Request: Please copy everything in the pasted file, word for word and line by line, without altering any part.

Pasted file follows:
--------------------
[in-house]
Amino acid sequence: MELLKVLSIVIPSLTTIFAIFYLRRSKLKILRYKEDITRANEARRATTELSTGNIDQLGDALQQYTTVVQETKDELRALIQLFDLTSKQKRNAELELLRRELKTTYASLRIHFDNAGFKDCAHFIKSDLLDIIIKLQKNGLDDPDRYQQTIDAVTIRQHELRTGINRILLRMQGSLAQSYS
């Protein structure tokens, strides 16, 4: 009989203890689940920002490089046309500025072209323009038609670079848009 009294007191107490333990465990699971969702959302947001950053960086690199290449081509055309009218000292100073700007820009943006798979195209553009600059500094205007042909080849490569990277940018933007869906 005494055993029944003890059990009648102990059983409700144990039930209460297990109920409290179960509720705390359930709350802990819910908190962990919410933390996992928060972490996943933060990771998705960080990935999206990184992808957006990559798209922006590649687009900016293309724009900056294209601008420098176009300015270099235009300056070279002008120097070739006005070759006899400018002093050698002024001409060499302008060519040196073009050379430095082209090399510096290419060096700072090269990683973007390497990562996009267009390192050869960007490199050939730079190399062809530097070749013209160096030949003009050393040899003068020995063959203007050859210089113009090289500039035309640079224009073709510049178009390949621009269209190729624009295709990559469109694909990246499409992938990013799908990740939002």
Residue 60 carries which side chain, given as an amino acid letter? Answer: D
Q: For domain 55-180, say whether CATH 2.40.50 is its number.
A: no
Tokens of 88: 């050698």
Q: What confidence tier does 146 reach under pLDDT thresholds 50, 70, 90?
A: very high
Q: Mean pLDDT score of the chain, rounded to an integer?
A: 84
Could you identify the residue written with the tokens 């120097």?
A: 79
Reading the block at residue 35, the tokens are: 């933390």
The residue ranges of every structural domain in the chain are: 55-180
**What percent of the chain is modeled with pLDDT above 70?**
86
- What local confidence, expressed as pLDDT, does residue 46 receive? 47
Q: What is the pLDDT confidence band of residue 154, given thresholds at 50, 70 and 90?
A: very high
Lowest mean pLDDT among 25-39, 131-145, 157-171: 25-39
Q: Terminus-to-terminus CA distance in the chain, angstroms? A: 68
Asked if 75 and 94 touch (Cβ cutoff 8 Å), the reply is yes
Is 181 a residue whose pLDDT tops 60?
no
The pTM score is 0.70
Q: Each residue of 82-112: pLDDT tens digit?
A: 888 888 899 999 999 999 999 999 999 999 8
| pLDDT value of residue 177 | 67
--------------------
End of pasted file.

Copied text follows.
[in-house]
Amino acid sequence: MELLKVLSIVIPSLTTIFAIFYLRRSKLKILRYKEDITRANEARRATTELSTGNIDQLGDALQQYTTVVQETKDELRALIQLFDLTSKQKRNAELELLRRELKTTYASLRIHFDNAGFKDCAHFIKSDLLDIIIKLQKNGLDDPDRYQQTIDAVTIRQHELRTGINRILLRMQGSLAQSYS
């Protein structure tokens, strides 16, 4: 009989203890689940920002490089046309500025072209323009038609670079848009 009294007191107490333990465990699971969702959302947001950053960086690199290449081509055309009218000292100073700007820009943006798979195209553009600059500094205007042909080849490569990277940018933007869906 005494055993029944003890059990009648102990059983409700144990039930209460297990109920409290179960509720705390359930709350802990819910908190962990919410933390996992928060972490996943933060990771998705960080990935999206990184992808957006990559798209922006590649687009900016293309724009900056294209601008420098176009300015270099235009300056070279002008120097070739006005070759006899400018002093050698002024001409060499302008060519040196073009050379430095082209090399510096290419060096700072090269990683973007390497990562996009267009390192050869960007490199050939730079190399062809530097070749013209160096030949003009050393040899003068020995063959203007050859210089113009090289500039035309640079224009073709510049178009390949621009269209190729624009295709990559469109694909990246499409992938990013799908990740939002």
Residue 60 carries which side chain, given as an amino acid letter? Answer: D
Q: For domain 55-180, say whether CATH 2.40.50 is its number.
A: no
Tokens of 88: 């050698």
Q: What confidence tier does 146 reach under pLDDT thresholds 50, 70, 90?
A: very high
Q: Mean pLDDT score of the chain, rounded to an integer?
A: 84
Could you identify the residue written with the tokens 């120097």?
A: 79
Reading the block at residue 35, the tokens are: 């933390």
The residue ranges of every structural domain in the chain are: 55-180
**What percent of the chain is modeled with pLDDT above 70?**
86
- What local confidence, expressed as pLDDT, does residue 46 receive? 47
Q: What is the pLDDT confidence band of residue 154, given thresholds at 50, 70 and 90?
A: very high
Lowest mean pLDDT among 25-39, 131-145, 157-171: 25-39
Q: Terminus-to-terminus CA distance in the chain, angstroms? A: 68
Asked if 75 and 94 touch (Cβ cutoff 8 Å), the reply is yes
Is 181 a residue whose pLDDT tops 60?
no
The pTM score is 0.70
Q: Each residue of 82-112: pLDDT tens digit?
A: 888 888 899 999 999 999 999 999 999 999 8
| pLDDT value of residue 177 | 67